NDSU Extension Service - Sargent County

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My Favorite Things



https://pixabay.com/static/uploads/photo/2013/11/28/10/02/child-219942_960_720.jpg downloaded 12/31/15

 

“Raindrops on roses and whiskers on kittens, bright copper kettles and warm woolen mittens, brown paper packages tied up with string, these are a few of my favorite things,” sang Maria (Julie Andrews) in the Rodgers and Hammerstein production of “The Sound of Music.”  My mom took my baby brother and me to that movie at a theater years ago, and it played again on network TV this past weekend.

Two of my favorite things when it comes to parenting strategies, skills, and techniques are:
            -  giving viable, age-appropriate choices, and
            -  using descriptive praise.

Giving viable, age-appropriate choices means allowing the child to make a choice between two options that the parent or adult has offered.  When you use this strategy, make sure that both options are viable and potentially desirable to the child, and that both of the options are acceptable to you as the parent or adult so that you can live with whichever choice the child makes.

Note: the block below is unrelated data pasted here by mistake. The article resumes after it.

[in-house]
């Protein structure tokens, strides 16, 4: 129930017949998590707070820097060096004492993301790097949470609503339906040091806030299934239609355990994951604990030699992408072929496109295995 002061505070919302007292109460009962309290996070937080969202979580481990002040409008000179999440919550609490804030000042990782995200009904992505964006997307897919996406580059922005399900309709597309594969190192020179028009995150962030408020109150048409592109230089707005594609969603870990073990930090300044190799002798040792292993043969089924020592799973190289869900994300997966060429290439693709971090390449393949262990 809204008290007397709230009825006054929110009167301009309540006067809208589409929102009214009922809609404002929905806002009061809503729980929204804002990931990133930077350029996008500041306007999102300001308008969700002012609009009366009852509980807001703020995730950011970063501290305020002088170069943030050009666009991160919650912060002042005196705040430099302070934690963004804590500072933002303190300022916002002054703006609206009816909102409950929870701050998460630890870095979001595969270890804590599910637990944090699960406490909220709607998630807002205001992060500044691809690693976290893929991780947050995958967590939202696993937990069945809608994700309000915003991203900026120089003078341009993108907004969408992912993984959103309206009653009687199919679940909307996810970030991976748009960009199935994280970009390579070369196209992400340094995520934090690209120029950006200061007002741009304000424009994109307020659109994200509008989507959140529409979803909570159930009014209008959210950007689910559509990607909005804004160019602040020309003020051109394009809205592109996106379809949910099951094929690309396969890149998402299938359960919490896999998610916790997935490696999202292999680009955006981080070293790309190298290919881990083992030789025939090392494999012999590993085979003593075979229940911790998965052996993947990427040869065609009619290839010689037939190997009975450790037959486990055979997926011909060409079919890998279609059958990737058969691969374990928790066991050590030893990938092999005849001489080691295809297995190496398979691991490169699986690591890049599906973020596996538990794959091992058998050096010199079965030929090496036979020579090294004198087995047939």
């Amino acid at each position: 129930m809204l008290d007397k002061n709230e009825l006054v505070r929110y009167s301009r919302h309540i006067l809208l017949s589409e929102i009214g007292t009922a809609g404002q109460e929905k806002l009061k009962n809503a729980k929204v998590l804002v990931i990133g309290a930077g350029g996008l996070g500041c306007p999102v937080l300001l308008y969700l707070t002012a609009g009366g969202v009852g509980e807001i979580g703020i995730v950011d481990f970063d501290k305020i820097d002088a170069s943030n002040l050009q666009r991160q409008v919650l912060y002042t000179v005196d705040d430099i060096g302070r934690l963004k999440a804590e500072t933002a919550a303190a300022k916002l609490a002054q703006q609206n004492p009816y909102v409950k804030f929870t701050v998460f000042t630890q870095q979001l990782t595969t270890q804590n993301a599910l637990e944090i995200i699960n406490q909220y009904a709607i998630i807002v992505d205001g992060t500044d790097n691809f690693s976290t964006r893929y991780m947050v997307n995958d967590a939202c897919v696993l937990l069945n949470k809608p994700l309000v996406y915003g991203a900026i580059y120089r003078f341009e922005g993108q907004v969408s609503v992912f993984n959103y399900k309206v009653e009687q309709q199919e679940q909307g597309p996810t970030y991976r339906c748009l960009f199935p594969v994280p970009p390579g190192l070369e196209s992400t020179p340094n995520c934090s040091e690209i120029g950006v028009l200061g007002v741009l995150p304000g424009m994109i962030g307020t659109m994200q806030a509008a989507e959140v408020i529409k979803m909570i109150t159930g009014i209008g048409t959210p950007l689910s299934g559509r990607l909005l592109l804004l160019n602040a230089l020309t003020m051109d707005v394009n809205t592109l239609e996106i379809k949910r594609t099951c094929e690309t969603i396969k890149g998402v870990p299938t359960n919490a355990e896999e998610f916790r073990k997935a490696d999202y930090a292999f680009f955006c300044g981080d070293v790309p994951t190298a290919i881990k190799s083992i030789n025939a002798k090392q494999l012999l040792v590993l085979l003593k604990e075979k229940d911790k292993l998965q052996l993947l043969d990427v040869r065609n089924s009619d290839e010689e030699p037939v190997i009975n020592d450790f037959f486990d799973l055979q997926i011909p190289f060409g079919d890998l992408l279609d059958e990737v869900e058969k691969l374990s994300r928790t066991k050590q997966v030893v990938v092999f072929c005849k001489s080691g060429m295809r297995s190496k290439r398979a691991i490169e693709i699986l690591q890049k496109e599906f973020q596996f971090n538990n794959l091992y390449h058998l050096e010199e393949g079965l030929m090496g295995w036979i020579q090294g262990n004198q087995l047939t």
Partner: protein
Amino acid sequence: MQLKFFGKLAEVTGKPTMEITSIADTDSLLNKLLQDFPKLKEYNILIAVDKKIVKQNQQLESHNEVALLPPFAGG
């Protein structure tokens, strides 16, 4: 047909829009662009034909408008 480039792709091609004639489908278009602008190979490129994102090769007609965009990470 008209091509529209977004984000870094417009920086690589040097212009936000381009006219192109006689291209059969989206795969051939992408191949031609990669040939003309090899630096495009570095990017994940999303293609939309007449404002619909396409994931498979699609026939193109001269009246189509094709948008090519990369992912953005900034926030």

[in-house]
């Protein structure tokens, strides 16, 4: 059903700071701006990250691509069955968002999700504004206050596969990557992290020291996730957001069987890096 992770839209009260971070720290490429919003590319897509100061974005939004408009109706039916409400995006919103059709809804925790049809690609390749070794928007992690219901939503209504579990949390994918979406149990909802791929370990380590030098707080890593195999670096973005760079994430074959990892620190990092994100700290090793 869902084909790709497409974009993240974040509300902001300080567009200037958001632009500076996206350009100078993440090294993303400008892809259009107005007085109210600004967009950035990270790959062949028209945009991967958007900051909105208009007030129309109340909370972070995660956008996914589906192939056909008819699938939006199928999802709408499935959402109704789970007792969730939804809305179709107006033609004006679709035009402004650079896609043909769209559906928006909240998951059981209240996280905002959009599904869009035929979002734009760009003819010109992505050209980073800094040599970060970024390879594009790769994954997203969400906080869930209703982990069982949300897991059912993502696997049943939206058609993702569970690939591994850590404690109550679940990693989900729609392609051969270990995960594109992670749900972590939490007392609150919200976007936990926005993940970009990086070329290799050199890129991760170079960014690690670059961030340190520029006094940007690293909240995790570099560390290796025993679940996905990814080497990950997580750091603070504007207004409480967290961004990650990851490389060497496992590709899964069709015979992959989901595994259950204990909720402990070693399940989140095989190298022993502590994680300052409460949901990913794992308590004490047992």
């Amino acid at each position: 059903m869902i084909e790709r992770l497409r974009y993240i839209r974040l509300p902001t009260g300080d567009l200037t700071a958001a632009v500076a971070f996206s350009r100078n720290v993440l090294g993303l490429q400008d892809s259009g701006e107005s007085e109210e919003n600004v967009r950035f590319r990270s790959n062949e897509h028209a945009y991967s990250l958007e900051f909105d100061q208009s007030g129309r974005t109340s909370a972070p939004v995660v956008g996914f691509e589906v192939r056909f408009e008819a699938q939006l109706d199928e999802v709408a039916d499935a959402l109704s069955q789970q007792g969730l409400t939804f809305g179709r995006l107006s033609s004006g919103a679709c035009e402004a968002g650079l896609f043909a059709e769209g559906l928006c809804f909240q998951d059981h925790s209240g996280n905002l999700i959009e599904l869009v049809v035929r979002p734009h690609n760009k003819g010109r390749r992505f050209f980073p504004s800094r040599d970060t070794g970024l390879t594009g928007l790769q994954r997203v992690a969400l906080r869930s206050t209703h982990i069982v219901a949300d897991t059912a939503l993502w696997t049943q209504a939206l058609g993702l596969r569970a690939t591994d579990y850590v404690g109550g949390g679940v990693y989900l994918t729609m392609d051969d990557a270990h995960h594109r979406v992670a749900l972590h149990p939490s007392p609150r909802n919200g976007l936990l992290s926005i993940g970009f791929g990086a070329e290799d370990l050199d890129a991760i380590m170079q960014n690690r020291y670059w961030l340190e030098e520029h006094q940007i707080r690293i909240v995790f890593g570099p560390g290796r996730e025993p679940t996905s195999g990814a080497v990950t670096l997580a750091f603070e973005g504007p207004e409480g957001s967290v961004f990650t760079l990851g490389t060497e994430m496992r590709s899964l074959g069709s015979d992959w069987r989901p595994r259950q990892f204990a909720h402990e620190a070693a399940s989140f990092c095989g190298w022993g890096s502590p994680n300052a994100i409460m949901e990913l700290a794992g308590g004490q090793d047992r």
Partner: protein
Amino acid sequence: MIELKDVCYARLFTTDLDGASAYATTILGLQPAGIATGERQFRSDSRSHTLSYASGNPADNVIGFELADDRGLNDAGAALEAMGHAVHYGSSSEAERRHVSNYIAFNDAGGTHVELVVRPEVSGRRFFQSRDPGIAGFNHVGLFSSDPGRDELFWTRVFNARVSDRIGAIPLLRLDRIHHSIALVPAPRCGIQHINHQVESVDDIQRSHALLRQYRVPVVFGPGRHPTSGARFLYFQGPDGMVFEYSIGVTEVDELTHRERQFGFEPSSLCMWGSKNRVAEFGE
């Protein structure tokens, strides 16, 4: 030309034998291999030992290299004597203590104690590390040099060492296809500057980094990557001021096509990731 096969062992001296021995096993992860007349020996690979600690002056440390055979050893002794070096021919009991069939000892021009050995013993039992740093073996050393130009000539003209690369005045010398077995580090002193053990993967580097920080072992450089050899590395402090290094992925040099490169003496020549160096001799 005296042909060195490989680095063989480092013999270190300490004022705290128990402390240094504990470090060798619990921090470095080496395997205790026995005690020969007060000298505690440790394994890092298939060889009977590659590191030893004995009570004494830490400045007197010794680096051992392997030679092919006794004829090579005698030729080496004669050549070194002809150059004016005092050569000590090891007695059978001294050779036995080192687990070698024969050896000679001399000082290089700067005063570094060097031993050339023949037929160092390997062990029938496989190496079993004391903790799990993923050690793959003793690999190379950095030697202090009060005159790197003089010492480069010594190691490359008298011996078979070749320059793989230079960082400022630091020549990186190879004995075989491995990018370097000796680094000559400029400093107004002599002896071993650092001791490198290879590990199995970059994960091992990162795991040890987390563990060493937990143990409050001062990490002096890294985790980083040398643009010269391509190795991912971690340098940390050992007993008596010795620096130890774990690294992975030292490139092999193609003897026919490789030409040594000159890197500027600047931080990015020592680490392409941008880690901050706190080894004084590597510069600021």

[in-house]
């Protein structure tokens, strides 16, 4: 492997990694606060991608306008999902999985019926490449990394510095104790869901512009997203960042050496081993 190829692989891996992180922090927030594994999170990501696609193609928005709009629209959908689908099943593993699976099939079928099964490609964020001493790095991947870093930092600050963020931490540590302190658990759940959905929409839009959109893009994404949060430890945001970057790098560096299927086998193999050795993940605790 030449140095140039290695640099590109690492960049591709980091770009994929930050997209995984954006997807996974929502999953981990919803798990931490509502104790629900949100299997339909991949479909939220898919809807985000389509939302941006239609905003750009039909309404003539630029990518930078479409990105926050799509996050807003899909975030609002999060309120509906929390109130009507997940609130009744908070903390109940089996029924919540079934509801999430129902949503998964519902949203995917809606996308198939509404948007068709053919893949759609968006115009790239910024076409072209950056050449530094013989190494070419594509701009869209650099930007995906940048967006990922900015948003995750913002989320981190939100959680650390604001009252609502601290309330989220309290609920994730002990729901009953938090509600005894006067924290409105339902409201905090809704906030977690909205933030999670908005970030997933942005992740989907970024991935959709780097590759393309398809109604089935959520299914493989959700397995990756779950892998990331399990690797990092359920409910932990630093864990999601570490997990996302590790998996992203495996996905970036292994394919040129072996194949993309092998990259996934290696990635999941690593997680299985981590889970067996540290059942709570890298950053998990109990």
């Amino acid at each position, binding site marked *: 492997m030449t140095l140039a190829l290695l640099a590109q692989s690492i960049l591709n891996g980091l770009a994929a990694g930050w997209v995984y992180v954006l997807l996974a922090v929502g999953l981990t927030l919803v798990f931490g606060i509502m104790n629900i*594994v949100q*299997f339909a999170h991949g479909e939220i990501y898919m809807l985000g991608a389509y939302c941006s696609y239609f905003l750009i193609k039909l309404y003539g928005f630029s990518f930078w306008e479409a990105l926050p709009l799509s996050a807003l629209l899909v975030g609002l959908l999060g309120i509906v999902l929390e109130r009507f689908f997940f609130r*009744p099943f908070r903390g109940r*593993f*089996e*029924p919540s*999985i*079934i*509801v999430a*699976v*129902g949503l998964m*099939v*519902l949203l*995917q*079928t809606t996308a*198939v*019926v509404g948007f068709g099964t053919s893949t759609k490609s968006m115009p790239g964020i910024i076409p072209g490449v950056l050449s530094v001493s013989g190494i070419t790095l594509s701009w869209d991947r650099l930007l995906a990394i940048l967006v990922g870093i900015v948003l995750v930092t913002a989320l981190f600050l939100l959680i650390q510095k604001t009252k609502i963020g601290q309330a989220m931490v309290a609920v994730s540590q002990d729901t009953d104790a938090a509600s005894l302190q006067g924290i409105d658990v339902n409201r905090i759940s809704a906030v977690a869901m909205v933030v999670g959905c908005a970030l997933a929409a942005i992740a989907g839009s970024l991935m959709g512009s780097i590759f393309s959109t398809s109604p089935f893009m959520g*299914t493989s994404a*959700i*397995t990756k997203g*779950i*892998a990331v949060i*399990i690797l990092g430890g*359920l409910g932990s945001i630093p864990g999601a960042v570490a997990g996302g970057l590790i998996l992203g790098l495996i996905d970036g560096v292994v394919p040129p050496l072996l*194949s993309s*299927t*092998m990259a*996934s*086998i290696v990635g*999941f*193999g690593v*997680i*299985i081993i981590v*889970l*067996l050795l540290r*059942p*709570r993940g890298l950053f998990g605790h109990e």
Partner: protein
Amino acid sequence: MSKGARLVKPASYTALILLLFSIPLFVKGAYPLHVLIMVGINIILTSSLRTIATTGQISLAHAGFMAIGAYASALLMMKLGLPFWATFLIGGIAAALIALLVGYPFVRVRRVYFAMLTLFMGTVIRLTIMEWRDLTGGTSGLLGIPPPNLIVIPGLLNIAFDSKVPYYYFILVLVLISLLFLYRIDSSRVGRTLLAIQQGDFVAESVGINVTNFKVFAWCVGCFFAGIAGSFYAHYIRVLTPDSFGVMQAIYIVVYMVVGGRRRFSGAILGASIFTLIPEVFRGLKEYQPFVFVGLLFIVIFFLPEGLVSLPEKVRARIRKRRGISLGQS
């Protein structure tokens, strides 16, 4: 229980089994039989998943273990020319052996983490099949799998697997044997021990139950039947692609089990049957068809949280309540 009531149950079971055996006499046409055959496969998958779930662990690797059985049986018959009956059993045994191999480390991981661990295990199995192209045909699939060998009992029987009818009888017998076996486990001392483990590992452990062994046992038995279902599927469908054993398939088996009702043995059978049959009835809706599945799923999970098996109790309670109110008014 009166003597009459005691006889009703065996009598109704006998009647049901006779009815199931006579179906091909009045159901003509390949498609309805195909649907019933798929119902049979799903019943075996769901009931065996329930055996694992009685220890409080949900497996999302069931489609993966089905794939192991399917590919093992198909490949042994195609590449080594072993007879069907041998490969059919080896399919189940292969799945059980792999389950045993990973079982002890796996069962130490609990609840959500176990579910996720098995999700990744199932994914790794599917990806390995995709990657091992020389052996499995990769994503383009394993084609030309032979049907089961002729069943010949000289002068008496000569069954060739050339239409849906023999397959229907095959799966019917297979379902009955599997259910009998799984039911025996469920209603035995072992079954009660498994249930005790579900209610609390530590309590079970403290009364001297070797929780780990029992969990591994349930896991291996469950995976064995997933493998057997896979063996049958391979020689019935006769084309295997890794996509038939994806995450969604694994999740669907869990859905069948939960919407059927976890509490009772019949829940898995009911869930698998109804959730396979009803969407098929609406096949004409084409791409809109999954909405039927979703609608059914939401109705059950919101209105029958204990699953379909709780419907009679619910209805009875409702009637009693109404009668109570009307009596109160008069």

Giving choices sounds like, “Would you like to wear your blue jeans or your khakis today?” or “Do you want me to read you one story or two stories before you go to bed?”

Giving choices allows a child to exercise independence within safe boundaries.  It also helps the child develop decision-making skills.

Using descriptive praise speaks volumes to a child.  It communicates that you are paying attention to the child, and that he is worth the time and effort it takes to notice details and give specific feedback on what you noticed about him or his actions or performance.  It means so much more than just a generic pat on the back and one-size-fits-all “Good job,” or “You’re really good at that.” 

Descriptive praise sounds like, “I noticed you petting the kitty very gently,” or “I see you picked up all your toys and put them away.”   

Descriptive praise allows the child to come to their own conclusion that they did a good job or that they are responsible.  These conclusions help the child develop a healthy, positive self-esteem.

For more information about positive parenting strategies, contact the Extension Office to request a free copy of the NDSU Extension publication, “The Guidance Approach to Discipline,” or view it online at https://www.ag.ndsu.edu/pubs/yf/famsci/fs468.pdf

Photo Credit: https://pixabay.com/static/uploads/photo/2013/11/28/10/02/child-219942_960_720.jpg
                   (downloaded 12/31/15) 

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